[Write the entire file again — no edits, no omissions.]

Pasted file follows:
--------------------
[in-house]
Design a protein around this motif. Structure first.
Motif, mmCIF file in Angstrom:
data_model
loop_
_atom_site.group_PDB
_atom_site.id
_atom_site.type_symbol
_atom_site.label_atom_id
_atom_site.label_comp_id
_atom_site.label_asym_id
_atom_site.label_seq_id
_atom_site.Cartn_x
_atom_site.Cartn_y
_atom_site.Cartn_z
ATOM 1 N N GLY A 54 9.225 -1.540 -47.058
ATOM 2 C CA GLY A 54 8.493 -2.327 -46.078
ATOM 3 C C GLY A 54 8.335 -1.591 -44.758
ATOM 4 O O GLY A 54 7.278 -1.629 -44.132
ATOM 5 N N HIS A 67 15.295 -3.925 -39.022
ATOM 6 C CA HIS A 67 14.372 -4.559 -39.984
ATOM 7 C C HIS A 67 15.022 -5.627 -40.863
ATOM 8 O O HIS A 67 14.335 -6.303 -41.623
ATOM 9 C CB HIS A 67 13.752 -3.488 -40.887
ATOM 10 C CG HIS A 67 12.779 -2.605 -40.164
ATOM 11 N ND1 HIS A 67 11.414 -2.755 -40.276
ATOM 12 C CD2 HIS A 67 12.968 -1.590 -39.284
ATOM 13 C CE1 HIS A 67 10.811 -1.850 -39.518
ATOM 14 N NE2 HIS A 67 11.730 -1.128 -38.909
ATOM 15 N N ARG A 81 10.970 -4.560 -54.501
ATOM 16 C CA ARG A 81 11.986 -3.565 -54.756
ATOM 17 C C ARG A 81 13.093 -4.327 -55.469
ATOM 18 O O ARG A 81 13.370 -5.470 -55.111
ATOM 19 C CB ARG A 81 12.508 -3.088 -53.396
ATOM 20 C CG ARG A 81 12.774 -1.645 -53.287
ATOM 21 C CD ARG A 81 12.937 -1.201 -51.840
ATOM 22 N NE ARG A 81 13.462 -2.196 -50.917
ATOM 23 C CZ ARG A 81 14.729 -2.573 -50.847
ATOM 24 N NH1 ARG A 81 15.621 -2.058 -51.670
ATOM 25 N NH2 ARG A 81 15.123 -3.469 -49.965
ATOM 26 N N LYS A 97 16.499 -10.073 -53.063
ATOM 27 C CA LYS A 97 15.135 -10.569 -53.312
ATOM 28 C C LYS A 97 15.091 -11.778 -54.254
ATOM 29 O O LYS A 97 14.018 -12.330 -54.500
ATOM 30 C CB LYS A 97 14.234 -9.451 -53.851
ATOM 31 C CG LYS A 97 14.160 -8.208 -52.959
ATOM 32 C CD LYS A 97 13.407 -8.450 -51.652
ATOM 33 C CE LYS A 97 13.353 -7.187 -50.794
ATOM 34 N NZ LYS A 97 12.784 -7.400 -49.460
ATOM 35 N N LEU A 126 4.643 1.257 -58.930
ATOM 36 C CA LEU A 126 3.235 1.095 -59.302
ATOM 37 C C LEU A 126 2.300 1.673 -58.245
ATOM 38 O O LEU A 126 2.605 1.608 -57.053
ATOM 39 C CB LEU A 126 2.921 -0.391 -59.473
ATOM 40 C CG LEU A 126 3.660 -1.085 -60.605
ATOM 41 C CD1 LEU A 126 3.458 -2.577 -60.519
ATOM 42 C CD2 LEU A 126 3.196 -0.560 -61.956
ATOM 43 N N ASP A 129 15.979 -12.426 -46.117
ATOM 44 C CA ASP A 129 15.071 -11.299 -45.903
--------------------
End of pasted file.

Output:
[in-house]
Design a protein around this motif. Structure first.
Motif, mmCIF file in Angstrom:
data_model
loop_
_atom_site.group_PDB
_atom_site.id
_atom_site.type_symbol
_atom_site.label_atom_id
_atom_site.label_comp_id
_atom_site.label_asym_id
_atom_site.label_seq_id
_atom_site.Cartn_x
_atom_site.Cartn_y
_atom_site.Cartn_z
ATOM 1 N N GLY A 54 9.225 -1.540 -47.058
ATOM 2 C CA GLY A 54 8.493 -2.327 -46.078
ATOM 3 C C GLY A 54 8.335 -1.591 -44.758
ATOM 4 O O GLY A 54 7.278 -1.629 -44.132
ATOM 5 N N HIS A 67 15.295 -3.925 -39.022
ATOM 6 C CA HIS A 67 14.372 -4.559 -39.984
ATOM 7 C C HIS A 67 15.022 -5.627 -40.863
ATOM 8 O O HIS A 67 14.335 -6.303 -41.623
ATOM 9 C CB HIS A 67 13.752 -3.488 -40.887
ATOM 10 C CG HIS A 67 12.779 -2.605 -40.164
ATOM 11 N ND1 HIS A 67 11.414 -2.755 -40.276
ATOM 12 C CD2 HIS A 67 12.968 -1.590 -39.284
ATOM 13 C CE1 HIS A 67 10.811 -1.850 -39.518
ATOM 14 N NE2 HIS A 67 11.730 -1.128 -38.909
ATOM 15 N N ARG A 81 10.970 -4.560 -54.501
ATOM 16 C CA ARG A 81 11.986 -3.565 -54.756
ATOM 17 C C ARG A 81 13.093 -4.327 -55.469
ATOM 18 O O ARG A 81 13.370 -5.470 -55.111
ATOM 19 C CB ARG A 81 12.508 -3.088 -53.396
ATOM 20 C CG ARG A 81 12.774 -1.645 -53.287
ATOM 21 C CD ARG A 81 12.937 -1.201 -51.840
ATOM 22 N NE ARG A 81 13.462 -2.196 -50.917
ATOM 23 C CZ ARG A 81 14.729 -2.573 -50.847
ATOM 24 N NH1 ARG A 81 15.621 -2.058 -51.670
ATOM 25 N NH2 ARG A 81 15.123 -3.469 -49.965
ATOM 26 N N LYS A 97 16.499 -10.073 -53.063
ATOM 27 C CA LYS A 97 15.135 -10.569 -53.312
ATOM 28 C C LYS A 97 15.091 -11.778 -54.254
ATOM 29 O O LYS A 97 14.018 -12.330 -54.500
ATOM 30 C CB LYS A 97 14.234 -9.451 -53.851
ATOM 31 C CG LYS A 97 14.160 -8.208 -52.959
ATOM 32 C CD LYS A 97 13.407 -8.450 -51.652
ATOM 33 C CE LYS A 97 13.353 -7.187 -50.794
ATOM 34 N NZ LYS A 97 12.784 -7.400 -49.460
ATOM 35 N N LEU A 126 4.643 1.257 -58.930
ATOM 36 C CA LEU A 126 3.235 1.095 -59.302
ATOM 37 C C LEU A 126 2.300 1.673 -58.245
ATOM 38 O O LEU A 126 2.605 1.608 -57.053
ATOM 39 C CB LEU A 126 2.921 -0.391 -59.473
ATOM 40 C CG LEU A 126 3.660 -1.085 -60.605
ATOM 41 C CD1 LEU A 126 3.458 -2.577 -60.519
ATOM 42 C CD2 LEU A 126 3.196 -0.560 -61.956
ATOM 43 N N ASP A 129 15.979 -12.426 -46.117
ATOM 44 C CA ASP A 129 15.071 -11.299 -45.903